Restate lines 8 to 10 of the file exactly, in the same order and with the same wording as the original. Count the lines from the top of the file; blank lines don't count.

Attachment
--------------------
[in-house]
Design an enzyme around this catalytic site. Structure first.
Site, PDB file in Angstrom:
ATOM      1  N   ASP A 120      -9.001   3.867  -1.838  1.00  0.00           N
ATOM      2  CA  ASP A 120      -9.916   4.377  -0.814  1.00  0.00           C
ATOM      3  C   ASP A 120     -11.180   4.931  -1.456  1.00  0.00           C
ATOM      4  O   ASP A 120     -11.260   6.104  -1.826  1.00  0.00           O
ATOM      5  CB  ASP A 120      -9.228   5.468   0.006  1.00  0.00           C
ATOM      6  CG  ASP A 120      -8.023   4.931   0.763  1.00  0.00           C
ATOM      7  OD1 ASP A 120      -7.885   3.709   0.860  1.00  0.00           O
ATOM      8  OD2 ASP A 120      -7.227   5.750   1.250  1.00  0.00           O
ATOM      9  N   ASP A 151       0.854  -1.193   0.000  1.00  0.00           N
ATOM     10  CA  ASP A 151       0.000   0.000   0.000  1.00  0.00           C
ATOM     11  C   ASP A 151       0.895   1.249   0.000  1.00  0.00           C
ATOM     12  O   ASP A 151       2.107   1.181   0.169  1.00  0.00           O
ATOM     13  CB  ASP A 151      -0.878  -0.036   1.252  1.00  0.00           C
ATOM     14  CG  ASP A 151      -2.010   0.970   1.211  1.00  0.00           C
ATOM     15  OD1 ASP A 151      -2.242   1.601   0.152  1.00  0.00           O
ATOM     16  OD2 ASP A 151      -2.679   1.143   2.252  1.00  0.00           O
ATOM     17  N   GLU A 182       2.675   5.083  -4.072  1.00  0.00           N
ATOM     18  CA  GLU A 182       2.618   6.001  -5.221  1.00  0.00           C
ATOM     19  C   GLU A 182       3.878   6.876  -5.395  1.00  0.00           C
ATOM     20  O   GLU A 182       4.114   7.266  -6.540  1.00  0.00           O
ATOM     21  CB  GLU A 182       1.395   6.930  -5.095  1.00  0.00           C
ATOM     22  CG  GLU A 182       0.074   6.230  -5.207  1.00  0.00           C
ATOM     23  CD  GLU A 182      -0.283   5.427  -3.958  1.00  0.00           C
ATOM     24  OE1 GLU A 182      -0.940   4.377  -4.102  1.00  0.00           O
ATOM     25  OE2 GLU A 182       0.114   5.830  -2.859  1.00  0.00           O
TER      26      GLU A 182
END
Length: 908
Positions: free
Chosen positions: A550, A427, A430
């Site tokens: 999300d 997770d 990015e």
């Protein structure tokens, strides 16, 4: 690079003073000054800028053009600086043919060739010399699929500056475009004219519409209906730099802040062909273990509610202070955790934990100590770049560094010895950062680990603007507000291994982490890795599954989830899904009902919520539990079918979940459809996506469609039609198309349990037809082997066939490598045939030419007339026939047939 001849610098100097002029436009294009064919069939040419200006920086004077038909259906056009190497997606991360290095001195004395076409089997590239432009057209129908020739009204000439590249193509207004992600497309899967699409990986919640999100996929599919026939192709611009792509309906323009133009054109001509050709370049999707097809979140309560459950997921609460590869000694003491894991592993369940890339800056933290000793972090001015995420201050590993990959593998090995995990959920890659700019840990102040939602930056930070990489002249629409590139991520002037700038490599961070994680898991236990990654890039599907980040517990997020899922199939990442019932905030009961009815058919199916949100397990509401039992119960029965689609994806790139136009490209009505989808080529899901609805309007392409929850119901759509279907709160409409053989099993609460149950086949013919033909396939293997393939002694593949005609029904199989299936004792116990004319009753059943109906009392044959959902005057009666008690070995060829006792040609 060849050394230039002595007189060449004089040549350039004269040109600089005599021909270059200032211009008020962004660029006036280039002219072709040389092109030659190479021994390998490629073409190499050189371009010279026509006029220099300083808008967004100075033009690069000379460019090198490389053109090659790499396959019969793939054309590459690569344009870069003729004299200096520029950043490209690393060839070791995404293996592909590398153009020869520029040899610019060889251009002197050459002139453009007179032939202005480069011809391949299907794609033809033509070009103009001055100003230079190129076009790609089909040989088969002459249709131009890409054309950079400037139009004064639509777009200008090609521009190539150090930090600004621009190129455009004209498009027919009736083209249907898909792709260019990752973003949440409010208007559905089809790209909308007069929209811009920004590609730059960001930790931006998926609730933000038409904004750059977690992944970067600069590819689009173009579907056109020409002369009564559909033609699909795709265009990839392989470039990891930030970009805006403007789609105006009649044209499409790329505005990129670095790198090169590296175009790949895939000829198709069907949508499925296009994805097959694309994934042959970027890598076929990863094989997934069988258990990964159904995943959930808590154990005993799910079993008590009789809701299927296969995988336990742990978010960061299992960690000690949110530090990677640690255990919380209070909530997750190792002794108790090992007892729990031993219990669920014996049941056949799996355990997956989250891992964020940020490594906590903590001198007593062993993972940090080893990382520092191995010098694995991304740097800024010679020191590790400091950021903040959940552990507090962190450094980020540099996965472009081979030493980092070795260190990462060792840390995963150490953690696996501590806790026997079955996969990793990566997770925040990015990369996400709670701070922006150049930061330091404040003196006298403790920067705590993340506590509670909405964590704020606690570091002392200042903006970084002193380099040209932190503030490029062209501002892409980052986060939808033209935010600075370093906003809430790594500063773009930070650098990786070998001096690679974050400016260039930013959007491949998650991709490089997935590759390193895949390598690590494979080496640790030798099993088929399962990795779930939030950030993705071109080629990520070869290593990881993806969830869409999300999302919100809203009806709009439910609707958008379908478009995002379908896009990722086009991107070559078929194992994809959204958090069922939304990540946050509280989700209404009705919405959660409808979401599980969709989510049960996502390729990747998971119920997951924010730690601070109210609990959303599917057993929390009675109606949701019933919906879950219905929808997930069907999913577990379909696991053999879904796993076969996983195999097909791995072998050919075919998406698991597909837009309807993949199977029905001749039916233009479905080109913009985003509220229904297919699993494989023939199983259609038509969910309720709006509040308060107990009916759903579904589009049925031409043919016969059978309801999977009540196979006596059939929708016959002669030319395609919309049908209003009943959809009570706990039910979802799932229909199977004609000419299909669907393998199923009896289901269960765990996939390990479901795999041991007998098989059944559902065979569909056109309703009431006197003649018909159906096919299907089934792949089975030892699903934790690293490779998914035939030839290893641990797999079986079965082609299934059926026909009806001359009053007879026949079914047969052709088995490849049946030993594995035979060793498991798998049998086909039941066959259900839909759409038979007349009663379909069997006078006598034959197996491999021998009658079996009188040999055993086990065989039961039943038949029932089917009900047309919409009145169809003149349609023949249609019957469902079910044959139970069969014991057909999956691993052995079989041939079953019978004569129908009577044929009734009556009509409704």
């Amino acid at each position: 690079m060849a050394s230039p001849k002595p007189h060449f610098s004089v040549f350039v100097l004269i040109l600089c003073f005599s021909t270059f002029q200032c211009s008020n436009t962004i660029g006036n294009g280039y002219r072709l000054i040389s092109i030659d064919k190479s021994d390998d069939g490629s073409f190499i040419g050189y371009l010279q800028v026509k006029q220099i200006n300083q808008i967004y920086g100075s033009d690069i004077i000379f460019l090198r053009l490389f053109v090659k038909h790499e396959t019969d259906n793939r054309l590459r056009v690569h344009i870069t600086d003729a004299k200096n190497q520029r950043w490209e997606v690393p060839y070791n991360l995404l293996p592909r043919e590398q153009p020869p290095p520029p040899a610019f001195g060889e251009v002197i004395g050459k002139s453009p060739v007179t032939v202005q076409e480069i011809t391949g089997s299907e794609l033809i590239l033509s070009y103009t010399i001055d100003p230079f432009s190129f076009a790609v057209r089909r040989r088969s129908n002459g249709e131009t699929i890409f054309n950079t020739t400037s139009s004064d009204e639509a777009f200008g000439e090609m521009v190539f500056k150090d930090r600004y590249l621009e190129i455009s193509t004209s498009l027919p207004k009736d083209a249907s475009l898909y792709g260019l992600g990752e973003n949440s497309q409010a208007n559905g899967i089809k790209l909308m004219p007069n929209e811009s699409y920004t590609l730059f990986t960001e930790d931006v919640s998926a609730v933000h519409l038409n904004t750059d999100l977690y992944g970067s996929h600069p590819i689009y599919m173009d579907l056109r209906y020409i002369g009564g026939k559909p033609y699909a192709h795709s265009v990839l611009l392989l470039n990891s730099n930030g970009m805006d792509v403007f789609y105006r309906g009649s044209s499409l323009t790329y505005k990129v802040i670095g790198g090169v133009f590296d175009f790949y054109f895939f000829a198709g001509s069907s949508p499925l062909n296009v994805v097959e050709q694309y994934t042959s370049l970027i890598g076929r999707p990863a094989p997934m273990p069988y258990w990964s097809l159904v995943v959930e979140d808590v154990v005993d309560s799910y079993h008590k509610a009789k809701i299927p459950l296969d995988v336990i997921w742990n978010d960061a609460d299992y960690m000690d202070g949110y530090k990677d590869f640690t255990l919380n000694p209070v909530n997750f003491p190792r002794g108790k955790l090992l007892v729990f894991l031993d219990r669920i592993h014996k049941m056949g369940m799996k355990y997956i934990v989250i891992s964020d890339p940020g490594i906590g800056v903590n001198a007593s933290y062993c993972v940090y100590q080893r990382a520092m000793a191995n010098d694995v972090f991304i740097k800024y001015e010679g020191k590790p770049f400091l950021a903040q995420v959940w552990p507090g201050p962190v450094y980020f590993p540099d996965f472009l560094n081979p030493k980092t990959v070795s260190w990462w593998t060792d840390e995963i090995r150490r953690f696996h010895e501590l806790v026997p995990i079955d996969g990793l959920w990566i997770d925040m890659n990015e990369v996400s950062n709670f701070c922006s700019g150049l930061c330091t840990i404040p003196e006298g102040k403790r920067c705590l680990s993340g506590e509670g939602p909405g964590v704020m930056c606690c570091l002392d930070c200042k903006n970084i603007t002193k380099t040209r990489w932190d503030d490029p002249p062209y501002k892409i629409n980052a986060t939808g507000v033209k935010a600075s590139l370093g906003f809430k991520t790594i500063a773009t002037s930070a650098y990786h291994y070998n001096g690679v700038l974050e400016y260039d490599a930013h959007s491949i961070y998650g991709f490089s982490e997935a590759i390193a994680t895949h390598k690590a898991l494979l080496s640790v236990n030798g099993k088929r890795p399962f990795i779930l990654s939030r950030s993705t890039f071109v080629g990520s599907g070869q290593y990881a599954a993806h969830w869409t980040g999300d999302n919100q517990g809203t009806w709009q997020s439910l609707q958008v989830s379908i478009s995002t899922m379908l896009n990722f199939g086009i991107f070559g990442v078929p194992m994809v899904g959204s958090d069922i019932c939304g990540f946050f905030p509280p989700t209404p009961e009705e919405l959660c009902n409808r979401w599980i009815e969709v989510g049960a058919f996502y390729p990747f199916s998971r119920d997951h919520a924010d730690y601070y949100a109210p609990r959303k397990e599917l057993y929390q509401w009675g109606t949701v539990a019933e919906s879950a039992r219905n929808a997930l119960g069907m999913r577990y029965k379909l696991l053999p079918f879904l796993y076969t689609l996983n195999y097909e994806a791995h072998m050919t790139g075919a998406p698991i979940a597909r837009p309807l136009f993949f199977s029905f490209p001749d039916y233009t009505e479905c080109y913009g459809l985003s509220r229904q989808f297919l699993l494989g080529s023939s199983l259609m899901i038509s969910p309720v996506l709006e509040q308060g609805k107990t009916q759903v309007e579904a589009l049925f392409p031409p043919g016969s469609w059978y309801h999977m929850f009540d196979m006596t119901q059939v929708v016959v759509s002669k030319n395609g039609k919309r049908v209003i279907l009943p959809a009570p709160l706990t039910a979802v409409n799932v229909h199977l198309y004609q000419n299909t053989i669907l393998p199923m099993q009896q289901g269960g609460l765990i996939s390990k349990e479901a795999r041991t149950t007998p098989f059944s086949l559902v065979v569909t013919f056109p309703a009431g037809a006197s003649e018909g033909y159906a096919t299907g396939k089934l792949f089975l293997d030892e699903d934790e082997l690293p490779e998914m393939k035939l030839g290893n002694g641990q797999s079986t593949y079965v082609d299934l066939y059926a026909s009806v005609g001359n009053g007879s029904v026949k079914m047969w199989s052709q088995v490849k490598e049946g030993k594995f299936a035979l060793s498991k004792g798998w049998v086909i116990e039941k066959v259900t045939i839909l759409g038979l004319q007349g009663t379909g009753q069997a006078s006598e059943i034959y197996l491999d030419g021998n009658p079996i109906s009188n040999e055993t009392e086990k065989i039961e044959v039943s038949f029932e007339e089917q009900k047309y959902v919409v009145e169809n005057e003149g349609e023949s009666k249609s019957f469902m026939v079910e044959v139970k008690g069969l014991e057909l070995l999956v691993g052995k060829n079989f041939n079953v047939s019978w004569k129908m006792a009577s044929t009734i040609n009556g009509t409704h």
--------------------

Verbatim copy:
ATOM      5  CB  ASP A 120      -9.228   5.468   0.006  1.00  0.00           C
ATOM      6  CG  ASP A 120      -8.023   4.931   0.763  1.00  0.00           C
ATOM      7  OD1 ASP A 120      -7.885   3.709   0.860  1.00  0.00           O